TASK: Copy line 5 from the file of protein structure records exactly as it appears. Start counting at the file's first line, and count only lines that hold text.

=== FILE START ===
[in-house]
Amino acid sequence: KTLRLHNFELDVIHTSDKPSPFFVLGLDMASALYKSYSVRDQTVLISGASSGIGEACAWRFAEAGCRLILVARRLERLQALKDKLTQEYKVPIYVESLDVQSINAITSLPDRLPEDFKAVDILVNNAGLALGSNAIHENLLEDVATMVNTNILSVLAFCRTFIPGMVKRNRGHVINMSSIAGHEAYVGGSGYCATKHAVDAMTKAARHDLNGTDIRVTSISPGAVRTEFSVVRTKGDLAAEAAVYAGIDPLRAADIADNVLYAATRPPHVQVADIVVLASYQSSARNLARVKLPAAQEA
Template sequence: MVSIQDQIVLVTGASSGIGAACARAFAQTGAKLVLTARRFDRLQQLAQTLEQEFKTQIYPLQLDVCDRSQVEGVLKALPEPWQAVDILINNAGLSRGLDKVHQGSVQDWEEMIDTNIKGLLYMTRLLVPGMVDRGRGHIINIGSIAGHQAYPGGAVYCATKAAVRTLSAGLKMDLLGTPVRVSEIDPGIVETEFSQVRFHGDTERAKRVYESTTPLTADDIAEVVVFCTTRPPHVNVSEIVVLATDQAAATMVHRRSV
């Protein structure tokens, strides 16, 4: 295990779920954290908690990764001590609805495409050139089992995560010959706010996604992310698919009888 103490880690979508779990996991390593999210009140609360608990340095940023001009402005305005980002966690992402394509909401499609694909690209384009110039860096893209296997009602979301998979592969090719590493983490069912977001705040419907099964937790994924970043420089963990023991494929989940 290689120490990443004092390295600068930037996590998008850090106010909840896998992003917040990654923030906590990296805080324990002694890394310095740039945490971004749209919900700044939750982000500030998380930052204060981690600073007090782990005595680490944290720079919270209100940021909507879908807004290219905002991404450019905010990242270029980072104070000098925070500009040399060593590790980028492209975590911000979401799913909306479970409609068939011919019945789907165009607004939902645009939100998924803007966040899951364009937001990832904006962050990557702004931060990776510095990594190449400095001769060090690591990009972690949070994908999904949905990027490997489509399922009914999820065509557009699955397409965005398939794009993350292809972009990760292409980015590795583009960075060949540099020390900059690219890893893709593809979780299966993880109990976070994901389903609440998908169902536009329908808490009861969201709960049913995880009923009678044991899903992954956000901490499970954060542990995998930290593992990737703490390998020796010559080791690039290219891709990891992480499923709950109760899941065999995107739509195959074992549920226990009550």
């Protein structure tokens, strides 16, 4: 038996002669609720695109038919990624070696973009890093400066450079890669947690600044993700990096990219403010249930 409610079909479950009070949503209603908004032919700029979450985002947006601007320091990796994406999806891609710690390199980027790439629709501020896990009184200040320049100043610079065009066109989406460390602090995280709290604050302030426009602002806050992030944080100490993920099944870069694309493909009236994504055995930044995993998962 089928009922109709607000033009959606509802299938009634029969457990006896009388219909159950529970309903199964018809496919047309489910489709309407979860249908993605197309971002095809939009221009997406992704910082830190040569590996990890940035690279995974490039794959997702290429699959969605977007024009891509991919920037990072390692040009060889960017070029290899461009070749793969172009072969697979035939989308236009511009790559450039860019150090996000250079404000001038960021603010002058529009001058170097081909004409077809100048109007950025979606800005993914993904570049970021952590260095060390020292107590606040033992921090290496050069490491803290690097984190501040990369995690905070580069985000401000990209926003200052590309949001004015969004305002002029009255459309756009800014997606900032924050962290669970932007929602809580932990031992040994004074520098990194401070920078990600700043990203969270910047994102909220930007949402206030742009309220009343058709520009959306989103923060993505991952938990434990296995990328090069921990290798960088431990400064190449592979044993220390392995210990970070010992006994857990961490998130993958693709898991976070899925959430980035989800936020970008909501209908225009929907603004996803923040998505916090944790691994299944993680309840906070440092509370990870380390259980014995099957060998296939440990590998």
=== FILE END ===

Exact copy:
């Protein structure tokens, strides 16, 4: 038996002669609720695109038919990624070696973009890093400066450079890669947690600044993700990096990219403010249930 409610079909479950009070949503209603908004032919700029979450985002947006601007320091990796994406999806891609710690390199980027790439629709501020896990009184200040320049100043610079065009066109989406460390602090995280709290604050302030426009602002806050992030944080100490993920099944870069694309493909009236994504055995930044995993998962 089928009922109709607000033009959606509802299938009634029969457990006896009388219909159950529970309903199964018809496919047309489910489709309407979860249908993605197309971002095809939009221009997406992704910082830190040569590996990890940035690279995974490039794959997702290429699959969605977007024009891509991919920037990072390692040009060889960017070029290899461009070749793969172009072969697979035939989308236009511009790559450039860019150090996000250079404000001038960021603010002058529009001058170097081909004409077809100048109007950025979606800005993914993904570049970021952590260095060390020292107590606040033992921090290496050069490491803290690097984190501040990369995690905070580069985000401000990209926003200052590309949001004015969004305002002029009255459309756009800014997606900032924050962290669970932007929602809580932990031992040994004074520098990194401070920078990600700043990203969270910047994102909220930007949402206030742009309220009343058709520009959306989103923060993505991952938990434990296995990328090069921990290798960088431990400064190449592979044993220390392995210990970070010992006994857990961490998130993958693709898991976070899925959430980035989800936020970008909501209908225009929907603004996803923040998505916090944790691994299944993680309840906070440092509370990870380390259980014995099957060998296939440990590998």